Interestingly, in the previous narratives, God seems to get this and instructs the Israelites in the creation of the tabernacle and anticipation of giving of the law to Moses. God gets that the people need more, and they need more than just leadership. God needed something tangible for the leaders to work with to bring the message of God – not the abstractness of God – to the Israelites. This is why the concept of idolatry and its contrast with Adonai comes to a head in this story. We await the tabernacle and it’s housing of the law, but in true cliffhanger fashion, just before it does what it was meant to do – bring the law to the people – they can wait no longer. So what was the tabernacle and how was it meant to address this problem? Well in one of our 7th grade classes recently, we discussed the plans for the Mishkan and they had an interesting take.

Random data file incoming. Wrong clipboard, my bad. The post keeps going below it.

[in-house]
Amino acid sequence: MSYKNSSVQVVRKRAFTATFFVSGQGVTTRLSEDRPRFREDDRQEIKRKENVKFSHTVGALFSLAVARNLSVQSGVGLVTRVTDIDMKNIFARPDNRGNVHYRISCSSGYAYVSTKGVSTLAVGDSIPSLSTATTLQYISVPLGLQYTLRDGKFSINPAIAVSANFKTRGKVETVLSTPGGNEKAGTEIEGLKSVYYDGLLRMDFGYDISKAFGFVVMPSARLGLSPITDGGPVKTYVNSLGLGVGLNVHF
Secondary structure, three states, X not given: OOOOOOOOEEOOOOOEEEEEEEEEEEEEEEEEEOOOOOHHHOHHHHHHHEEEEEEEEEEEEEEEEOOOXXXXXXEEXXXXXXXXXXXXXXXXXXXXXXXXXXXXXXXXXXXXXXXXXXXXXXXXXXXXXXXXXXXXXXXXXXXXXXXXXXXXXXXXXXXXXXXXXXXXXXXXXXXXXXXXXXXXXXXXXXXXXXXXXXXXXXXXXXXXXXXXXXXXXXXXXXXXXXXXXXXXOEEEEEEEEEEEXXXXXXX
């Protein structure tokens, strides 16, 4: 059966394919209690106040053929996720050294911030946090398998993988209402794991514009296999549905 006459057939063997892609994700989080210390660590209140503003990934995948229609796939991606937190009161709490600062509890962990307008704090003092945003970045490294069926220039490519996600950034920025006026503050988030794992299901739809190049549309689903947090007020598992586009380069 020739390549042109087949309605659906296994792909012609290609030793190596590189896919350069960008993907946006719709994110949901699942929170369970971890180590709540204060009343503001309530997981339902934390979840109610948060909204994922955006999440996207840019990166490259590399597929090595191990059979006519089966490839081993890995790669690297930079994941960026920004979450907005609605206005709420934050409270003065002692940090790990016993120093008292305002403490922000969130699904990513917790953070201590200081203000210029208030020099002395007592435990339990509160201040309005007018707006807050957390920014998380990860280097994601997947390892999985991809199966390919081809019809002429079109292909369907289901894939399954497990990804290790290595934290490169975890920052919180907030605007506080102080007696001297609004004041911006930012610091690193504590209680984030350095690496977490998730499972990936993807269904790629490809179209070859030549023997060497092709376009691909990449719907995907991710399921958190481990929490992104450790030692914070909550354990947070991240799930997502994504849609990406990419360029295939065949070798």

Ingeniously, as we were trying to find out what was really going on here, one of the students began to describe the Mishkan as an RV. According to the text, this RV or Mishkan, was supposed to house the “law” that God gave to Moses and bring “God” into direct contact with the Israelites. According to our students, this was not about bringing a magical mysterious being into contact with the people. It was about the laws, the practices, the values and the Mitzvot that would guide the people and allow them to live the life God intended for them. No longer would the message just come from Moses – or any of the other leaders. The point of this part of the biblical Narrative was to say, in a sense, I/we get it. You need more. Stories about God, about Abraham and his open tent are not enough. You need to understand God. In order to have faith, as Moses does, you need to be able to come closer to God – as Moses did. Well, here you go. Here is the law. Now go learn it.